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Better Severe Thunderstorm and Tornado Warnings

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The National Weather Service in Norman, OK and San Angelo, TX are going to be participating in the Impact Based Warnings experiment this year. The experiment is going to help the NWS communicate severe weather threats better to the public.

"After the Joplin, Missouri tornado in 2011, social scientists and communication experts started to look at why there was such a high death toll. One of the things they came up with was that the NWS was not communicating the threats properly, said Rick Smith, Warnings Coordinator for the National Weather Service in Norman, OK.

The Impact Base Warnings experiment will not change how the NWS issues severe thunderstorm or tornado warnings. It is only going to add some information about the potential impacts of the storms or tornadoes.

"There will also going to be some coding so there will be what we call tags at the bottom of the warning. If we are expecting golf ball sized hail, it  will specifically say hail 1.75 inches. It will be coded in such a way automated systems can pick up on it," said Smith.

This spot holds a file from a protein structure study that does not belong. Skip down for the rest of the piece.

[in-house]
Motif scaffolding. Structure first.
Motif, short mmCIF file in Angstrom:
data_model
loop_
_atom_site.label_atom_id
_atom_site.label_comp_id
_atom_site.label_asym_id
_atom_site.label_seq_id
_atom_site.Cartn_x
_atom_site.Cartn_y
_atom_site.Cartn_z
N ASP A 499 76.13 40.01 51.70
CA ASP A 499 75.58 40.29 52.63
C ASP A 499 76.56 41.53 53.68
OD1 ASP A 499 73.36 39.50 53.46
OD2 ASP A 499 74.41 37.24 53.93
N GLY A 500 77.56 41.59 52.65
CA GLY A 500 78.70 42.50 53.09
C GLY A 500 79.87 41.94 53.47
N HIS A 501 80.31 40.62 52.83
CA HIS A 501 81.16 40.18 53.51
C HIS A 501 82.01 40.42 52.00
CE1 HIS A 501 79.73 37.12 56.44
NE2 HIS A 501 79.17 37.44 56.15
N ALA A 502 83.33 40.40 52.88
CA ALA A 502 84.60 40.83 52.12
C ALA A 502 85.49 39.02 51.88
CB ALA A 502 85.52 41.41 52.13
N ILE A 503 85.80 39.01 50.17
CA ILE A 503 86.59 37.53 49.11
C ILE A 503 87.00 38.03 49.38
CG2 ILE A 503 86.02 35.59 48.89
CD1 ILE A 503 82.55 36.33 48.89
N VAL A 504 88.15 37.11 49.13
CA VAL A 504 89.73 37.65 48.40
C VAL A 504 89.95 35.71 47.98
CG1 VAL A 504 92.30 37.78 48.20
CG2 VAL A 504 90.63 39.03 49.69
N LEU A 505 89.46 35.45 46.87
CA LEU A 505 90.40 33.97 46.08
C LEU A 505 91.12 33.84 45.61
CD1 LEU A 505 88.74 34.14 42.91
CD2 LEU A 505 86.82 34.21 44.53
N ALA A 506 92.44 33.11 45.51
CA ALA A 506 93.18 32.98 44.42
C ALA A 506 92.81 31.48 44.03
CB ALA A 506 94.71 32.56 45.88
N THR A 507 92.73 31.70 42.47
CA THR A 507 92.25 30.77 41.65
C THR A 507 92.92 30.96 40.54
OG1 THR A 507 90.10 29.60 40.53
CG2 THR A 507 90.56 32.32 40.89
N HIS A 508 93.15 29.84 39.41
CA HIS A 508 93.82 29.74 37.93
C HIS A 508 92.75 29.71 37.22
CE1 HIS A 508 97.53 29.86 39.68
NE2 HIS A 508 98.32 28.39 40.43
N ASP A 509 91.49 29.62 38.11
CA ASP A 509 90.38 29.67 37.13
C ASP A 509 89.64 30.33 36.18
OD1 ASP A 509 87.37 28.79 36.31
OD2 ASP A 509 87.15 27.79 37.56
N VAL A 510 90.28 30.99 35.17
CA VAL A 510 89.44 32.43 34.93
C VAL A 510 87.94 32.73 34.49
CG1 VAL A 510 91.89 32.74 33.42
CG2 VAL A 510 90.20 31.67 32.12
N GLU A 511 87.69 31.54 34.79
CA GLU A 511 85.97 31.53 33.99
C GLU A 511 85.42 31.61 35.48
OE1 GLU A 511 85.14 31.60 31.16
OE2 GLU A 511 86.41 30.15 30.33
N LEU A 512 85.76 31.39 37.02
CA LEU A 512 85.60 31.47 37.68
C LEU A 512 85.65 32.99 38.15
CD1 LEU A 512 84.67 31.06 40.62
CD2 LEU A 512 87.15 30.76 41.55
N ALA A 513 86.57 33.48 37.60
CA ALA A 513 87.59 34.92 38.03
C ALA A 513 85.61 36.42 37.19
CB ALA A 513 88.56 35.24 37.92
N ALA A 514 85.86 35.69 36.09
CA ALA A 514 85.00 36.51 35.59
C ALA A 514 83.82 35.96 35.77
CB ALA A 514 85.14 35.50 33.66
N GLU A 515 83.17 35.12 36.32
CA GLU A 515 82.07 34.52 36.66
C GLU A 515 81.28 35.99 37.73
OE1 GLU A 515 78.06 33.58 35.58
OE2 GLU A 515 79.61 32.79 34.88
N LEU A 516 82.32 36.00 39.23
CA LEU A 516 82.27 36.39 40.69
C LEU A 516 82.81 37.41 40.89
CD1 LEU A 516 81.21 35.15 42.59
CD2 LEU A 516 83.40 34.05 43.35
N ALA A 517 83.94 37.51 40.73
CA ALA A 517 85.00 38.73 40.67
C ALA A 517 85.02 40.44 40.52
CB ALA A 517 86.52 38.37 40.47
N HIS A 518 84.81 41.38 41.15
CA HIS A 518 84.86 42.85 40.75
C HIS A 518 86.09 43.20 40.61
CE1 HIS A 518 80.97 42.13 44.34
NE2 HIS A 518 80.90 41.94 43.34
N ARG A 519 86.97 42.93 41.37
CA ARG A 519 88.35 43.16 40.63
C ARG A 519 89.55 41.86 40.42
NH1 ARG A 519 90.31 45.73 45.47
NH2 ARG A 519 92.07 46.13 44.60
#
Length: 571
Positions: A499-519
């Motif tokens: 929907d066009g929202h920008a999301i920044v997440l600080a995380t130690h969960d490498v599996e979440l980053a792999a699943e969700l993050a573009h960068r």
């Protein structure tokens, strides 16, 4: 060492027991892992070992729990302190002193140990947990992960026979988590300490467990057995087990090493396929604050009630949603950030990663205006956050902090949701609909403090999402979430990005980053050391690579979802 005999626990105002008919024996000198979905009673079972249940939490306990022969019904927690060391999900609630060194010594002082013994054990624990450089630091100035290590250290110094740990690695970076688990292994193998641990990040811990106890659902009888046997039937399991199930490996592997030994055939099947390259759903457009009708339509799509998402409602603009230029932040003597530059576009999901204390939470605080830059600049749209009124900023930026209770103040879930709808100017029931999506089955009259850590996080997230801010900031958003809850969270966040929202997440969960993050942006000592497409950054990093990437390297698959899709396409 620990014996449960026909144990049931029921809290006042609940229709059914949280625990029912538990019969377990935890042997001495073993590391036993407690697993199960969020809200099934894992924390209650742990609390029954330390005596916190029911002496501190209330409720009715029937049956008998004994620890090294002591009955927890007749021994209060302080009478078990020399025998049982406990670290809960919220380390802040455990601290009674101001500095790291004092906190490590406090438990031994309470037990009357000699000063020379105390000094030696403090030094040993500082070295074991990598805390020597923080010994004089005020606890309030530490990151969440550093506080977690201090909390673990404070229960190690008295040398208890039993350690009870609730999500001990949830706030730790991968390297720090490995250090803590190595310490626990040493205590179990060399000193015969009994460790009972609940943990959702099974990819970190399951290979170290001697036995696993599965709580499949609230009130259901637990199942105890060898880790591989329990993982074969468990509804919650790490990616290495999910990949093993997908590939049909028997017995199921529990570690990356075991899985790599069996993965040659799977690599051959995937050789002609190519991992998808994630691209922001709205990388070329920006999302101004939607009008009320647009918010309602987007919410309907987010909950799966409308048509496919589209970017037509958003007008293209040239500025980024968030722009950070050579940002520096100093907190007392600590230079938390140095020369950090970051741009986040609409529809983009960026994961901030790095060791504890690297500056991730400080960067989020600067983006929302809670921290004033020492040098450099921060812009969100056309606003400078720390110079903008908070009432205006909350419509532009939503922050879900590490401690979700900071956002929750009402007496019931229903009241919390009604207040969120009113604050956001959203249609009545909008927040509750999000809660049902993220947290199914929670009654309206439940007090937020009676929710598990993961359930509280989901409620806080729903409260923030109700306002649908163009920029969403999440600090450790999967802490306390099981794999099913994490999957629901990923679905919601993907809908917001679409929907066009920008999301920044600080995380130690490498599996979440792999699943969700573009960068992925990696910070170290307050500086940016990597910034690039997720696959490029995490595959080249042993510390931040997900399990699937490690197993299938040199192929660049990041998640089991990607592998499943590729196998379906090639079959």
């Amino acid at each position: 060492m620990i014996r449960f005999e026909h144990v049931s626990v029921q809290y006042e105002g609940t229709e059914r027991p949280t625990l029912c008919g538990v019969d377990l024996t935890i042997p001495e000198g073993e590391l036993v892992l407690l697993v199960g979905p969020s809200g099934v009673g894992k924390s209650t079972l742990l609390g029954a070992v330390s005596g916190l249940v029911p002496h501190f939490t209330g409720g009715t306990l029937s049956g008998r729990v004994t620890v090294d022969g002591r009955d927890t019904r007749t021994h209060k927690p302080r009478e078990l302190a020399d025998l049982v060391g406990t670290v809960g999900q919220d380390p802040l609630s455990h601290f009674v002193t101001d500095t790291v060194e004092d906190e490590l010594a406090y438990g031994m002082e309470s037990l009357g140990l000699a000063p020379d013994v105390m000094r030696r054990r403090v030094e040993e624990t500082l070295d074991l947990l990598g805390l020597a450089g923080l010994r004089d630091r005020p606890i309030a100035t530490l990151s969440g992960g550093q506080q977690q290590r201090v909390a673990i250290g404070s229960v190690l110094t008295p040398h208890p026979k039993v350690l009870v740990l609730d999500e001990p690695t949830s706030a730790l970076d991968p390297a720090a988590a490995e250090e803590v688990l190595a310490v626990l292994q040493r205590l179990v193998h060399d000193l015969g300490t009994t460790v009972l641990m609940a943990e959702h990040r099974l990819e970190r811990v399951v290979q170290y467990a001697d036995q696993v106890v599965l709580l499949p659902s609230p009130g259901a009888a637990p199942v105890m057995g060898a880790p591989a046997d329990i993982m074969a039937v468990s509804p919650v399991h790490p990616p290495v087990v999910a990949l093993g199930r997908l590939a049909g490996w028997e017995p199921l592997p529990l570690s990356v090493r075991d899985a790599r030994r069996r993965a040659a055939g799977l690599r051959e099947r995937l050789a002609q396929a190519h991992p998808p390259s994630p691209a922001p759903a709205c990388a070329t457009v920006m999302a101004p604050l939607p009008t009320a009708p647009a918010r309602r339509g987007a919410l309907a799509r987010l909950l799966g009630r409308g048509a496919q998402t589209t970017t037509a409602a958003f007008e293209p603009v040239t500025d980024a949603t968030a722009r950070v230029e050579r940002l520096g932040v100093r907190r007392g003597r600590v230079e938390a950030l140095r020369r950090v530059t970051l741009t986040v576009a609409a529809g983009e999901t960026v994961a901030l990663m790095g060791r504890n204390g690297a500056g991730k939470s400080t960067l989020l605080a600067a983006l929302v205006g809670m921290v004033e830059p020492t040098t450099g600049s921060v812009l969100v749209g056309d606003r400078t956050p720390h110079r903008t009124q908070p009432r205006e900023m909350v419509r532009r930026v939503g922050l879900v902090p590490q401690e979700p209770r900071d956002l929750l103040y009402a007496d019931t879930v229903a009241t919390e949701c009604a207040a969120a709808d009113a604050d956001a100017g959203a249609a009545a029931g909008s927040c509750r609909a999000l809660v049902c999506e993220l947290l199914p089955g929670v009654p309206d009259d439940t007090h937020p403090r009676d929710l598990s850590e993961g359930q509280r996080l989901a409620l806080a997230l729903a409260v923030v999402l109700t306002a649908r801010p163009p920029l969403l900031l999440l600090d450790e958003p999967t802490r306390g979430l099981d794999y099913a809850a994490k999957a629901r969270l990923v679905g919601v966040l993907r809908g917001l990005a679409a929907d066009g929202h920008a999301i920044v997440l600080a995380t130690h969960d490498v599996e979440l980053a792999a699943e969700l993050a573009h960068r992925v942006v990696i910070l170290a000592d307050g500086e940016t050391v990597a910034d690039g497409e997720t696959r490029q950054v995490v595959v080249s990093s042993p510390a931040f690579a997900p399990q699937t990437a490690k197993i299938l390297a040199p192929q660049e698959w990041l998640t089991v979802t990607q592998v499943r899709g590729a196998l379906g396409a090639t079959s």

If there is a tornado, the NWS will categorize each tornado into different categories.

"There are basically three different levels of tornado warnings. There is a default level, which is what we will issue most of the time, and it doesn't have a tag. It is just for radar indicated developing tornado," said Smith.

The second level of tornado will be labeled considerable. Before the NWS labels a tornado considerable, it is going to have more confidence that a tornado is on the ground.

"The third level is catastrophic that would be for a large confirmed tornado. We are confident that it will cause major damage. It would be like the El Reno or Moore tornadoes," said Smith.

Smith said these tags aren't just for the public. He thinks they are going to help television meteorologists and emergency managements as well.

The Impact Based Warning experiment will start sometime in March. Montague, Young, Jack, Childress, Cottle and King Co. will not see any Impact Based Warnings this year because the NWS offices in Lubbock or Fort Worth forecast for those areas.

James Parish, Skywarn 6 Meteorologist

 

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